Biodiversity-ecosystem functioning relationships in forests: Do the same processes drive biodiversity-ecosystem functioning relationships above- and belowground in forests?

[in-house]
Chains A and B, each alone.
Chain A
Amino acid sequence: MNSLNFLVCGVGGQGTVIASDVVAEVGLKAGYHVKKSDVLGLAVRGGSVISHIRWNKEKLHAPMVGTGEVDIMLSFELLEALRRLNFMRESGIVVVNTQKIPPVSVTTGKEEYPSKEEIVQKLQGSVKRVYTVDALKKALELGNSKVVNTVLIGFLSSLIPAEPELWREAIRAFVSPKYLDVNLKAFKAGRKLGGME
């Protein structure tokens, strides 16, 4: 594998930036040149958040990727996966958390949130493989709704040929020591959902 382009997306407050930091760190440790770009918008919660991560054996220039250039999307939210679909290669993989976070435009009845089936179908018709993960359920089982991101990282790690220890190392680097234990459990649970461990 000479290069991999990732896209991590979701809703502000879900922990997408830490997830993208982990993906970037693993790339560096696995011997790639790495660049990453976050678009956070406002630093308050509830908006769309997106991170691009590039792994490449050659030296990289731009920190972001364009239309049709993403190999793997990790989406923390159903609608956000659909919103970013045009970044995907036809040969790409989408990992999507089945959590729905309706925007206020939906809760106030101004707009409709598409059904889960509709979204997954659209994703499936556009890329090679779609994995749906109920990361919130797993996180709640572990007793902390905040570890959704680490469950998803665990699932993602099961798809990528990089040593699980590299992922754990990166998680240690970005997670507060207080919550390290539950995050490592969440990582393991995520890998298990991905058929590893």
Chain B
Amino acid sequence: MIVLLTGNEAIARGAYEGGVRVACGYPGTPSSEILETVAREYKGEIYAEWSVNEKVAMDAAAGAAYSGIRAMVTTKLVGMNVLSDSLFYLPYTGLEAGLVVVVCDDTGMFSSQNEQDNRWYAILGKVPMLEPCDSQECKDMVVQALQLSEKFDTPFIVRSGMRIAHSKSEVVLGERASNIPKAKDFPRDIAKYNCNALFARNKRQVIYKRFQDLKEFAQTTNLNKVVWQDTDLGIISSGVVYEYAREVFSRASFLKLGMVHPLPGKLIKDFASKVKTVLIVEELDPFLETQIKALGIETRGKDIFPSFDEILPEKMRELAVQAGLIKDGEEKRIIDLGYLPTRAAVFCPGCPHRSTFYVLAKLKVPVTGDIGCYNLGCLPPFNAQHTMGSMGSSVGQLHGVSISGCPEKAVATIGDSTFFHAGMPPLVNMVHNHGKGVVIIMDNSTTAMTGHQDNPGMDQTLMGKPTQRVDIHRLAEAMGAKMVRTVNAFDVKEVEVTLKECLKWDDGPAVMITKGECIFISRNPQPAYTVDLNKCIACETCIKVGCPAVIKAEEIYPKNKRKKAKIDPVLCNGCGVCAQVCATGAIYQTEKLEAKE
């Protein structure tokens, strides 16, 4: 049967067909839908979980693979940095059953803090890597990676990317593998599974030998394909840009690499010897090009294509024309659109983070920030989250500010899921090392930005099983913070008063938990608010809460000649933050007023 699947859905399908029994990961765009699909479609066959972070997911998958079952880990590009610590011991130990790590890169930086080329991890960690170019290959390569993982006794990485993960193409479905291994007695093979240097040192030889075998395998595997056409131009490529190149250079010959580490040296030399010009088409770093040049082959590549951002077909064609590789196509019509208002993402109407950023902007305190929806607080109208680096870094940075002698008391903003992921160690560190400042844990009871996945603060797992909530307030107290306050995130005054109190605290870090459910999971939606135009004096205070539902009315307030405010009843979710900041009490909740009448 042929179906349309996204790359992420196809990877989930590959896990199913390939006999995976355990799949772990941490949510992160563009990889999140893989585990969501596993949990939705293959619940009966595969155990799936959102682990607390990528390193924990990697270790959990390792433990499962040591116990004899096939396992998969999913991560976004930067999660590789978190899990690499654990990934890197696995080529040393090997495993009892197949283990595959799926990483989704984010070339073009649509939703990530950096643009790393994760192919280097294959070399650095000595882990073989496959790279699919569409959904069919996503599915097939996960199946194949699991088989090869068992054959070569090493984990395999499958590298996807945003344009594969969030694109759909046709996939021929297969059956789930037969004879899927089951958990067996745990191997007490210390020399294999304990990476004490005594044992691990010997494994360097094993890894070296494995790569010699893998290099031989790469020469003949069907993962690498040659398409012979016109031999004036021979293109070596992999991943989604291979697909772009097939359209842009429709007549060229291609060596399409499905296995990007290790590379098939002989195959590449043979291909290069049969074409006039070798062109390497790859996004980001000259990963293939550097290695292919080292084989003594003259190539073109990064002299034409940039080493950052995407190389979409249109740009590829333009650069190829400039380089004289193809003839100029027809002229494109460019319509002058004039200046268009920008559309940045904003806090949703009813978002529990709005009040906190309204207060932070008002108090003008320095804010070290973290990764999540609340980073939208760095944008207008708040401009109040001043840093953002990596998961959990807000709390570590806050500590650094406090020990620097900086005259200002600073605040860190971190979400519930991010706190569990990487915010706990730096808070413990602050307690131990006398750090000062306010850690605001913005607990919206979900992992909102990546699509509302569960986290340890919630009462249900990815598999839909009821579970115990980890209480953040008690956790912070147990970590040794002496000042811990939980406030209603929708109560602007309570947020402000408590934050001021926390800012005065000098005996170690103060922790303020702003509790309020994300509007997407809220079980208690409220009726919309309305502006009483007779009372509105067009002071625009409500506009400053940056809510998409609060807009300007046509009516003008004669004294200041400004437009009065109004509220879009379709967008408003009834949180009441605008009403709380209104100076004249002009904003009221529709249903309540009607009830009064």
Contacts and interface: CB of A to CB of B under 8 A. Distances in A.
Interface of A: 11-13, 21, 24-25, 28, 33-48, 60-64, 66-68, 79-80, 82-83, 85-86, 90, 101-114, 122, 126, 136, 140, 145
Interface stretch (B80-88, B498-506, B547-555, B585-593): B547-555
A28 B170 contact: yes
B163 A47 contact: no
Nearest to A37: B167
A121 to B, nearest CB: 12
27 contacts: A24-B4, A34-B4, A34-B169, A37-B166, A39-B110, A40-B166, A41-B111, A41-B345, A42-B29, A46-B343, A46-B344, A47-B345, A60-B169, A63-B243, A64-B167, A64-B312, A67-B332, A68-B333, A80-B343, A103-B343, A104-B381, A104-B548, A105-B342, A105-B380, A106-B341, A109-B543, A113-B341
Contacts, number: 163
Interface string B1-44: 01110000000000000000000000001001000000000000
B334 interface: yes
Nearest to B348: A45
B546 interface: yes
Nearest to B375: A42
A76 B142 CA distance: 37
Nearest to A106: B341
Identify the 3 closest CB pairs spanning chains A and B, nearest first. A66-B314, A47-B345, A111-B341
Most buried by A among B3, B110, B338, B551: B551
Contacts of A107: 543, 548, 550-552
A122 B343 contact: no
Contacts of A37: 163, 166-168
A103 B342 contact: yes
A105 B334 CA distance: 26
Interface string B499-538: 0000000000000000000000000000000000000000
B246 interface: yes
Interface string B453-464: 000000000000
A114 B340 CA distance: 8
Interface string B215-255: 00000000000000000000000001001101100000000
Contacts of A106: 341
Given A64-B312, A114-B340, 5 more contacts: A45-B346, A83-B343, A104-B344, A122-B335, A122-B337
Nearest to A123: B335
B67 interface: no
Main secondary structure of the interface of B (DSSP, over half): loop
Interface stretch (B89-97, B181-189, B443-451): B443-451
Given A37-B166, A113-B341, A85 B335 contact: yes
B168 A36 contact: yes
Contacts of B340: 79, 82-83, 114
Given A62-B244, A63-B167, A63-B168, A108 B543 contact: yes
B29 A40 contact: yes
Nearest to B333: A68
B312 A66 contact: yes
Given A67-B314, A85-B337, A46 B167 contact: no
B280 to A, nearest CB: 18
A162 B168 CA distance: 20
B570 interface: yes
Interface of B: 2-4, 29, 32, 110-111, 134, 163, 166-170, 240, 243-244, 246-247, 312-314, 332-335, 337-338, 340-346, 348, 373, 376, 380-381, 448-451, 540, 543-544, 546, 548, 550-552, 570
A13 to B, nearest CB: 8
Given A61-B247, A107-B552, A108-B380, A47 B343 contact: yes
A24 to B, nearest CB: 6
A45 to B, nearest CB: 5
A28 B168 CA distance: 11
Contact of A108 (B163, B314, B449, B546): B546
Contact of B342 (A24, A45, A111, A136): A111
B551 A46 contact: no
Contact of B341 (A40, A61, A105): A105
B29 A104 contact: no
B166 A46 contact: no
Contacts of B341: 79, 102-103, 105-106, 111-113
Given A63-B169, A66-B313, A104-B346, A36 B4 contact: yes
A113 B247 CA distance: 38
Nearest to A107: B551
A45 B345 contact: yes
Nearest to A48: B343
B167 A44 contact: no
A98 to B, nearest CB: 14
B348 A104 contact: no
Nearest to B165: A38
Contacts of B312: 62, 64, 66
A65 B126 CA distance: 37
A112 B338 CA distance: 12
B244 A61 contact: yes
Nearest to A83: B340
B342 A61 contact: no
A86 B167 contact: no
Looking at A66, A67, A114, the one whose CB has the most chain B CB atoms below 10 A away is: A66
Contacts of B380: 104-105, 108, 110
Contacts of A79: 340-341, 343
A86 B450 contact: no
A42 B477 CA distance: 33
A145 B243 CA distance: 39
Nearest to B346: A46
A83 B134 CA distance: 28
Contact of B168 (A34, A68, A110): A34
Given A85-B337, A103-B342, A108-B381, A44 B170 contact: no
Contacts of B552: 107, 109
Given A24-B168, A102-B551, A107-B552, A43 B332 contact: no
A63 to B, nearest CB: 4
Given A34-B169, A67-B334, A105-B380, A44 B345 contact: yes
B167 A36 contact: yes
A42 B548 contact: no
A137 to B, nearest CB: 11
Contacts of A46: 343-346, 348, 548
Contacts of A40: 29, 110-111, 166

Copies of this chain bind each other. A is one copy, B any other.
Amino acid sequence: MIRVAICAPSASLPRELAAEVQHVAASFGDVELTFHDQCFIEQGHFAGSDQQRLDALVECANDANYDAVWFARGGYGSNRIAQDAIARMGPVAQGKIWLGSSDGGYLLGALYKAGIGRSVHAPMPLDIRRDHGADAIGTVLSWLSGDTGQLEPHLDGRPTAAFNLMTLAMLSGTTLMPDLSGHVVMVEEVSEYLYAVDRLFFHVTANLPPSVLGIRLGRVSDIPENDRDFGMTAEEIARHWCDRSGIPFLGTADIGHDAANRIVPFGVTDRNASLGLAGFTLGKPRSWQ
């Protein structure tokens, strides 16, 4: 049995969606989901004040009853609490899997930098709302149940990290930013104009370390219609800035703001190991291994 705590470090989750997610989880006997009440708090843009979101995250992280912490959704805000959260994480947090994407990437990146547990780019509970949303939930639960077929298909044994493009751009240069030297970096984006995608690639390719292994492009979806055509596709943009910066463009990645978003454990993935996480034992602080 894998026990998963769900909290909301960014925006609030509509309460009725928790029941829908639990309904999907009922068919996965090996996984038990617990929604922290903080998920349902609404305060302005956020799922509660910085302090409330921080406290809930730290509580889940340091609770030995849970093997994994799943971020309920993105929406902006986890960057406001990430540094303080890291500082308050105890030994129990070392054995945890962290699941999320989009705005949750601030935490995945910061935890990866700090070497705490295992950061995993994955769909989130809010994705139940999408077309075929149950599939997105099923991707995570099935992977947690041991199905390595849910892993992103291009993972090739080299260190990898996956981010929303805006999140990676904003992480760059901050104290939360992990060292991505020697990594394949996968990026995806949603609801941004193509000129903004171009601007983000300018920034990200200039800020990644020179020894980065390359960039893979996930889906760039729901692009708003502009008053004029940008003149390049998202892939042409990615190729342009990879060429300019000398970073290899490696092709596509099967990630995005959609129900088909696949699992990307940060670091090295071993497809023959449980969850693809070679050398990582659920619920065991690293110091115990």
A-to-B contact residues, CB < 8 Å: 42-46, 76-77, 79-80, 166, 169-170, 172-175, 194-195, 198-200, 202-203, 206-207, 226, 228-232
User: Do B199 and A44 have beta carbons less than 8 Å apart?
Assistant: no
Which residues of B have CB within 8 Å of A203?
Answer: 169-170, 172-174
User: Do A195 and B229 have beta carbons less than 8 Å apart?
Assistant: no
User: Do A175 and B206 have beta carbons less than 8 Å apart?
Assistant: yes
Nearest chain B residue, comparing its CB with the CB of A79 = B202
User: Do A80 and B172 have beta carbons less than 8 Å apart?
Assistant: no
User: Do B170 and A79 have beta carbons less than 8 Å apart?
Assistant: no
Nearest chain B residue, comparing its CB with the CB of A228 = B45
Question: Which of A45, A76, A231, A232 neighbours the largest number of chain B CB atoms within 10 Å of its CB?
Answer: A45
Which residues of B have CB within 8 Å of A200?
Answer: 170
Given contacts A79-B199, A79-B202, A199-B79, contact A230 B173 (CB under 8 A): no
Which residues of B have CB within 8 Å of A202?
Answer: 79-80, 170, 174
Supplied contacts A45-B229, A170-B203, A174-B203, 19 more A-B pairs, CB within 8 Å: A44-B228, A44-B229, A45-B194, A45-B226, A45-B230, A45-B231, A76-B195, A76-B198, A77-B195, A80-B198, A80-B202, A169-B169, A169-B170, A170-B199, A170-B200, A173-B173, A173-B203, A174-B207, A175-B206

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Climate change and deforestation are presenting huge threats to forest biodiversity. This decline poses a risk to the ecosystem functioning of forests. The processes determining how biodiversity impacts ecosystem services in forests can differ between above- and belowground communities. This literature review provides an overview of the different processes driving the above- and belowground biodiversity-ecosystem functioning relationships in forests. Evidence for both the complementarity effect hypothesis and the selection effect hypothesis was evaluated. Among the complementarity causes (i.e. spatial partitioning, temporal partitioning, partitioning across the chemical form of nitrogen, resource enrichment, physical stress buffering, negative and positive biotic feedback) that enhance ecosystem functioning, spatial partitioning is predominant above- and belowground in forests. In addition, temporal partitioning and physical stress buffering were also widely found to drive the aboveground positive biodiversity-ecosystem functioning relationship. Whereas partitioning across the chemical form of nitrogen together with the overlap between resource enrichment and positive biotic feedback, via nitrogen fixing species and mycorrhizae, enhances belowground ecosystem functioning. Furthermore, the selection effect hypothesis can also act as a driver of the biodiversity-ecosystem functioning relationship above- and belowground in forests. Compared to aboveground studies, belowground processes are poorly studied. Therefore, future research should focus on providing a more detailed picture of the belowground processes driving biodiversity and their effect on ecosystem functioning. Which could increase the efficiency of management and conservation of ecosystem functioning in forest.